Third European force?
One possible eventual outcome of the increasingly close cooperation between Alstom and Schneider could be the creation of a third European force to stand alongside Siemens and ABB. However one of the key elements currently missing from the mix is a credible world-class process automation capability. If Invensys were seen as the means to fill that gap, it would allow CEO Ulf Henriksson to exit on a high point. Henriksson joined Invensys in May 2004 and has been CEO since July 2005 when the share price was just 120p. It’s almost four years since he told INSIDER that Invensys' moment of greatest vulnerability to a predator would occur as it emerged from its recovery phase.
Meanwhile, followers of Jim Pinto's prognostications are still awaiting fulfilment of his prediction that GE will make a move either to dispose of or to strengthen its automation interests including, in particular, GE Intelligent Platforms, now free of the constraints of the joint venture with Fanuc.
One possible pointer to the future is that it has now been moved from its former home in GE Enterprise Solutions to a new division, GE Home & Business Solutions. Also in the new division are a range of businesses in appliances, lighting and switches which the company had considered disposing of in 2008 but now, perhaps in line with chairman and CEO Jeff Immelt’s enthusiasm for manufacturing, are to be retained. Also part of the Home & Business Solutions mix are sensors, alarms and advanced electronics.
Schneider has strengthened its position in the Middle East with the acquisition of leading Gulf-based industrial automation systems integrator Cimac. Cimac' s particular expertise is in automation, control and electrical distribution solutions in the water and wastewater and oil & gas sectors and, as market leader in the Gulf, has some 400 people and sales of more than €40 million.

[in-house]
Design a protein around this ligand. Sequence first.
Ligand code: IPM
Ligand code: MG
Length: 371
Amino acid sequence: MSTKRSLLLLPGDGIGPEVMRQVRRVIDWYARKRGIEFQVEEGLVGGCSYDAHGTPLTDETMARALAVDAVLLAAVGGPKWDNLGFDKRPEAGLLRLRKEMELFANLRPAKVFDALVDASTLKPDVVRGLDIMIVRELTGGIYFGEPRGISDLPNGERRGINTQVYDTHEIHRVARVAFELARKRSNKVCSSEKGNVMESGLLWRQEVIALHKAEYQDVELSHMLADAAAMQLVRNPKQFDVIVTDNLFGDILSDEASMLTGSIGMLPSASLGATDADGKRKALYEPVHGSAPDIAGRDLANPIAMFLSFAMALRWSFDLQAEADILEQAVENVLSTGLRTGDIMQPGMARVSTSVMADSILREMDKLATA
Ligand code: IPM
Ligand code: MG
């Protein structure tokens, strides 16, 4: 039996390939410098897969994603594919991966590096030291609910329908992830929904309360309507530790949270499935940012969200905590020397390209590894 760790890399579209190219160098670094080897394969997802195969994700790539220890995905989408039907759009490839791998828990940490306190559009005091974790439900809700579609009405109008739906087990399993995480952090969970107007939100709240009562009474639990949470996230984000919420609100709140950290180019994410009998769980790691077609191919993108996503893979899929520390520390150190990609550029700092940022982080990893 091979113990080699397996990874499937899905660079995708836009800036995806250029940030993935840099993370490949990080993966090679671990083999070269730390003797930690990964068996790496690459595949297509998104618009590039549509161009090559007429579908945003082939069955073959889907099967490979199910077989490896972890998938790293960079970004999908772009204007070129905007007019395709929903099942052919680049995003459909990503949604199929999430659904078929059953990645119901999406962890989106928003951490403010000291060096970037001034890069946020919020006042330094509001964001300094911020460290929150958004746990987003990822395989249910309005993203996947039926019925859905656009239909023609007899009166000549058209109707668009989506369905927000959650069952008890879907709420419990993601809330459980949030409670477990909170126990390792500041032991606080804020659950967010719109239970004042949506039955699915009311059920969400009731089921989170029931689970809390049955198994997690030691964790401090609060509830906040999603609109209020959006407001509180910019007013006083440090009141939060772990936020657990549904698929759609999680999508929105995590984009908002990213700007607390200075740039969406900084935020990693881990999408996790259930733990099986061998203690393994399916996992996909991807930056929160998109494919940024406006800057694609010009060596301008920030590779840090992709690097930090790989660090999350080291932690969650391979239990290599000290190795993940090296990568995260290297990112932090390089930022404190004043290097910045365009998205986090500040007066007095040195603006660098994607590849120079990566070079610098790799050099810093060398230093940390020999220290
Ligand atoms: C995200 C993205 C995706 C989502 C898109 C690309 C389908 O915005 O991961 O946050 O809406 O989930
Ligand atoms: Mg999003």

Invensys Operations Management (IOM) has further extended its presence in the North African oil and gas market with the opening of a new regional sales and operations headquarters in Algiers. Included in the new facility are what is described as an "engineering excellence" center, modernized staging area, technology showcase center and a training and customer support service center.
Algeria supplies a quarter of EU gas imports, while 90% of its crude oil exports go to Western Europe. Like other leading process automation vendors, IOM is seeking a secure future in countries such as Algeria by investing in locally recruited personnel and training customers' engineers and technicians. "We are pleased to contribute to the nation's plans to invest and build effective and efficient systems for a sustainable future," commented IOM EuRA president Teemu Tunkelo, while Mohamed Hales, IOM general director for Algeria, added that "…we remain committed to accelerating knowledge transfer programs that will contribute to Algeria’s development and progress."